(I apologize for the hiatus. A combination of weak wifi and a corrupted update left me without a computer for a few weeks. Recently I was able to repair the problem and am now able to post again.)
I bought my 2017 RAM Promaster van in November of the same year from a dealer that sold many car and van fleets from rental companies. After looking over a number of pre-dented and pre-scratched vans I found this one. My number one priority was that I would be able to stand up straight in it (with room for insulation and covering). I also wanted to it to be as inconspicuous as possible. This van was from a rental company but was in fine shape and only had 500 miles on the odometer. Like new! The Carfax report came out clean. I was assured all was covered under the warrantee. What a bargain! I knew I should have my own service place take a look at it, but I had left that company and had not found another. I trusted all would be well.
At my condo I had an assigned parking place and after some time I noticed some drops staining the tarmac. I assured myself, “it can’t be my van, it only had 500 miles on it.” After some time it became obvious that indeed there was some kind of leak. Assured of the warrantee, I made an appointment with the dealer to get it fixed. Even with an appointment I had to wait four hours. I was then told the transmission pan did not belong to the vehicle and I had to pay to have it repaired. By this time I was worn down. It didn’t make any sense, why would anyone switch out a part when the van was nearly brand new? I worried the van was a Frankenstein’s monster – used for all kind of spare parts, but was assured this was the only part that didn’t belong. Of course I assumed I was being lied to, but I was running out of time, so I had it fixed.
My condo sold and closing day was fast approaching. I started parking in the spot next to my assigned spot. I noticed another spot and got under and checked everything out. It seemed there was another very slow leak. I decided to deal with it after I got on the road. While near St. Augustine, I contacted the dealer up there. They didn’t service Promasters. I’d have to go to Jacksonville. That was too far. I took out my paperwork and saw the notation that it wasn’t just the transmission pan, but the entire transmission that didn’t belong to the van! Yikes! I called a service station nearby and asked them to look at it. He said my story made no sense and it should be under warrantee, but I pleaded with him to just take a look and see if I was being lied to and if he could fix it. He and another guy spent a lot of time checking. The VIN number has a warning attached to it. We were all puzzled, so he took a look under and said it seemed true – my transmission didn’t match. The good news is the leak is so very slow I had time to get it fixed later.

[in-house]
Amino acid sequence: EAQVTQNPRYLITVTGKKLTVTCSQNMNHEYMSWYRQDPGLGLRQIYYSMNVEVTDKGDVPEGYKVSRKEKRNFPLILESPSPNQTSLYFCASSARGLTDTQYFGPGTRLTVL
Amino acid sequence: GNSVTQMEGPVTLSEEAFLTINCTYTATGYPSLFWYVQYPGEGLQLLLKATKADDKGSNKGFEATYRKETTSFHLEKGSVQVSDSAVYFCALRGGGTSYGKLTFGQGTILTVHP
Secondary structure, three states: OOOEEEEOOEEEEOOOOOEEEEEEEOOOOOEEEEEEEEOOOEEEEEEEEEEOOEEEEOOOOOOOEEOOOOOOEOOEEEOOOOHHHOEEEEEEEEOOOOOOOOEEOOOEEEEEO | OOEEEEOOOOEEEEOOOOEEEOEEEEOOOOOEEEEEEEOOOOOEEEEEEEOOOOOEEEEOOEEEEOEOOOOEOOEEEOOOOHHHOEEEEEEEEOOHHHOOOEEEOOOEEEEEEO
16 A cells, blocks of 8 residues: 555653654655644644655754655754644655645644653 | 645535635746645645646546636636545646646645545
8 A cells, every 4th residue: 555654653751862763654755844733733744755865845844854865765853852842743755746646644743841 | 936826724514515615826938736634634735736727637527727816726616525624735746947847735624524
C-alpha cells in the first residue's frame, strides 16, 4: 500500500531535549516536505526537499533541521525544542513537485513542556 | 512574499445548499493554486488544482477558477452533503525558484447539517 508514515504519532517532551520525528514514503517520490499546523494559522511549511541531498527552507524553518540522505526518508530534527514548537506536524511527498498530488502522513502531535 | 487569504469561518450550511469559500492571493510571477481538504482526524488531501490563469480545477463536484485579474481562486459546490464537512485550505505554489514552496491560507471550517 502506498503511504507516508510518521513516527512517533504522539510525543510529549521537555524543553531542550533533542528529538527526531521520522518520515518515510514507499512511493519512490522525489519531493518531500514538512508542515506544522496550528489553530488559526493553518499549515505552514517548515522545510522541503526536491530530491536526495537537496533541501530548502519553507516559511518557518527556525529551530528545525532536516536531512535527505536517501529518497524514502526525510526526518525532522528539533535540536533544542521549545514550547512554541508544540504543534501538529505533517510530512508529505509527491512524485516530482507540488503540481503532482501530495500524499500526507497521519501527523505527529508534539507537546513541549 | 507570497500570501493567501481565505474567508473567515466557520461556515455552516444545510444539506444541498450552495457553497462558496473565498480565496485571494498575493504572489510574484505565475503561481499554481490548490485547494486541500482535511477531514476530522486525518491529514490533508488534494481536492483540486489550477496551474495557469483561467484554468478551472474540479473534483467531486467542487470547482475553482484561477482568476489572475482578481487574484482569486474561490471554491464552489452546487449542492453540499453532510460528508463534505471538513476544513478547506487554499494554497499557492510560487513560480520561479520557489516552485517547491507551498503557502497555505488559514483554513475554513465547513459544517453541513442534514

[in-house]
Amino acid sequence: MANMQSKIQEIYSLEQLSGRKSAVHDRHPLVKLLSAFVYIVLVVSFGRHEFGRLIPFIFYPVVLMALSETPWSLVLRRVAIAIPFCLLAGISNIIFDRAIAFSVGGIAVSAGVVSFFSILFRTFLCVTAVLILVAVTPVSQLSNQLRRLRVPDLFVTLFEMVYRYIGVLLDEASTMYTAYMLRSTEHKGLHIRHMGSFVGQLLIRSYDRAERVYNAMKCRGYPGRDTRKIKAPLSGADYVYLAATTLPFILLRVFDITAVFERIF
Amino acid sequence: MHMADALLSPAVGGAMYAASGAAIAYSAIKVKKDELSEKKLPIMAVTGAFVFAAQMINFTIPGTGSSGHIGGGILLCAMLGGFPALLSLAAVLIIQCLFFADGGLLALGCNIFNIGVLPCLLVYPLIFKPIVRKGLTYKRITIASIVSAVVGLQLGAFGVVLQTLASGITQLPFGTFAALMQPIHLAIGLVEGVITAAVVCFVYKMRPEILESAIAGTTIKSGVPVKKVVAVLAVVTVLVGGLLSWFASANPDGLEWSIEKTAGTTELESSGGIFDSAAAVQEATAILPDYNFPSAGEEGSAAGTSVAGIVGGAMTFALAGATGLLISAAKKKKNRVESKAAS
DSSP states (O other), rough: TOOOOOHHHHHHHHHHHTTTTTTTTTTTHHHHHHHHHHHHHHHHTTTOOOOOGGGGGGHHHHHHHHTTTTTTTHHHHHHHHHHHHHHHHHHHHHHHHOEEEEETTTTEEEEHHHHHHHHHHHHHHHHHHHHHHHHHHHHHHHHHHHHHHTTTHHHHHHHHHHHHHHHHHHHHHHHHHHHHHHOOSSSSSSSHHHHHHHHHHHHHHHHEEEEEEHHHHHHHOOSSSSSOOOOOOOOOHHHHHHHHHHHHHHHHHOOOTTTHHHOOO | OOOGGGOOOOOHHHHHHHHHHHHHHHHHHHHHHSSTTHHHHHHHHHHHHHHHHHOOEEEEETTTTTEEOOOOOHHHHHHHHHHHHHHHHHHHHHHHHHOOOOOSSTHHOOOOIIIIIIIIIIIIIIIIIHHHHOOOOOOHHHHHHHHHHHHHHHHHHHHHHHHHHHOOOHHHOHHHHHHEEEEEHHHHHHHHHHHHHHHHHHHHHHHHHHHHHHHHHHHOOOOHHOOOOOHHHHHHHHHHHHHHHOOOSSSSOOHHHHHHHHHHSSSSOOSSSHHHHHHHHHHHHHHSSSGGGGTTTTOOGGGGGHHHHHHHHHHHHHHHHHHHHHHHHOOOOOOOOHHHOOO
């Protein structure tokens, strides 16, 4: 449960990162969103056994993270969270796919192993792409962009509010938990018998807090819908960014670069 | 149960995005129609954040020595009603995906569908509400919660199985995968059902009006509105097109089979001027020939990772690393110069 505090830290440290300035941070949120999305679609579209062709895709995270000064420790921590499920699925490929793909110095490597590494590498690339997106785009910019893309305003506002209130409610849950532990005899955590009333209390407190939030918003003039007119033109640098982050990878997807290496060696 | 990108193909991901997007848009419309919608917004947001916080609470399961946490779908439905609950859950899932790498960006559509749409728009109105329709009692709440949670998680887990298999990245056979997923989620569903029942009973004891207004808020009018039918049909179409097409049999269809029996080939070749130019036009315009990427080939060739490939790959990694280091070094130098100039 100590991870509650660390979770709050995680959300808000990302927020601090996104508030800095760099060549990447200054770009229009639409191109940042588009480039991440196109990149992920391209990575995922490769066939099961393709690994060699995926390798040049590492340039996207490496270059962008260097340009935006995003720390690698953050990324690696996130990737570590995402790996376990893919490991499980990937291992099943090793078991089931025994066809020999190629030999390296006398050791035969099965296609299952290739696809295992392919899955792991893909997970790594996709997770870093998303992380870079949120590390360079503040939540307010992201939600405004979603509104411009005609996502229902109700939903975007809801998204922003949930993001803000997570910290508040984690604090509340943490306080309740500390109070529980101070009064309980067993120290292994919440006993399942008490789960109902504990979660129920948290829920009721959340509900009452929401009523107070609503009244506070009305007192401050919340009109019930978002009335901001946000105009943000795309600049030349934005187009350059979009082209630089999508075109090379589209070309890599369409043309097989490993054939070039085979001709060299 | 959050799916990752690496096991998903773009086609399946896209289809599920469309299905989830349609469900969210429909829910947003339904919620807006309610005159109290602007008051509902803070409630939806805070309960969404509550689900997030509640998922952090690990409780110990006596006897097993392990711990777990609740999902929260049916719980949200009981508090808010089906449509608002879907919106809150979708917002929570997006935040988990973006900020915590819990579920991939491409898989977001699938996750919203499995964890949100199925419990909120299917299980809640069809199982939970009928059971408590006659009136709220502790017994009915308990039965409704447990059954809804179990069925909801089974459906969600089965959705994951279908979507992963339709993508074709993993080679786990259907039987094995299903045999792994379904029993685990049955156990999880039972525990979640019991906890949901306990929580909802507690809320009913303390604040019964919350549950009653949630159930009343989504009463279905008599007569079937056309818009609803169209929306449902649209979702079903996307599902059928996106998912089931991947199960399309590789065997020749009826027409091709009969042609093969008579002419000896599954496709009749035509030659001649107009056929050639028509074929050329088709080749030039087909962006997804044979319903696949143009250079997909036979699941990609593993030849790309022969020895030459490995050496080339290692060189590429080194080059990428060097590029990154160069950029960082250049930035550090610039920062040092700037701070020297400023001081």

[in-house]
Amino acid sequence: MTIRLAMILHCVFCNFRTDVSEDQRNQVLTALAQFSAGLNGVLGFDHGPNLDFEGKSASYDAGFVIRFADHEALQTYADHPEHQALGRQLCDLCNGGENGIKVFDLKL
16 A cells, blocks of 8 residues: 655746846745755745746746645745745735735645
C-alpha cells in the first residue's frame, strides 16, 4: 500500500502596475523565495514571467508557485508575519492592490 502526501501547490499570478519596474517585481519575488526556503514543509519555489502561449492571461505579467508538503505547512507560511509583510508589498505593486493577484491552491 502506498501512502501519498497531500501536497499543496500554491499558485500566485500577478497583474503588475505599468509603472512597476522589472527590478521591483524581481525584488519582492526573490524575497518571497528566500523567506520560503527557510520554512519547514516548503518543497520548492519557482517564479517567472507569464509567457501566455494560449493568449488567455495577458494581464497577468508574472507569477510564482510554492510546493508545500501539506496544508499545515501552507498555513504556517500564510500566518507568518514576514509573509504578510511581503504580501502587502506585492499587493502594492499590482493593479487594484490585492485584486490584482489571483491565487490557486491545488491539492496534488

One great thing about campgrounds is people are friendly and you meet people with all kinds of expertise. One woman, a rural postal delivery person and gear-head, gave me good advice to having it looked at by a reliable transmission person and get professional advice. Later my cousin knew a trustworthy repair shop and I took it there. They put a proper seal to the transmission pan and told me the transmission will probably outlast the rest of the van. Whew!
I kept making friends at campgrounds and met a man who was into stock car racing. He had done a lot of mechanical work with cars all his life. We got into a discussion about transmissions and we came up with this story:
Someone gets a Promaster van and for some reason totally screws up the transmission. This person messed up the transmission in some stupid way that nullifies the warrantee. So they go to Enterprise and rent a new Promaster van. They (or some nefarious mechanic) switch the transmissions. They return it to Enterprise. The person at the desk looks, sees no dents or scratches and everyone is all set. They rent it out a few more times, but it starts to come back because the transmission is messed up. It sits in the lot until they sell the fleet at the end of the year. At this point they can’t sell the van with a bad transmission so someone – perhaps the dealer I purchased the van from – puts in another transmission, but doesn’t report it to Carfax.
Innocent me. It would never occur to me to use a rental car to get parts, but transmissions are expensive. Did my dealer know and not tell me? I can’t prove anything. I’m just lucky to have a working van with a working transmission. Lesson learned – buyer beware!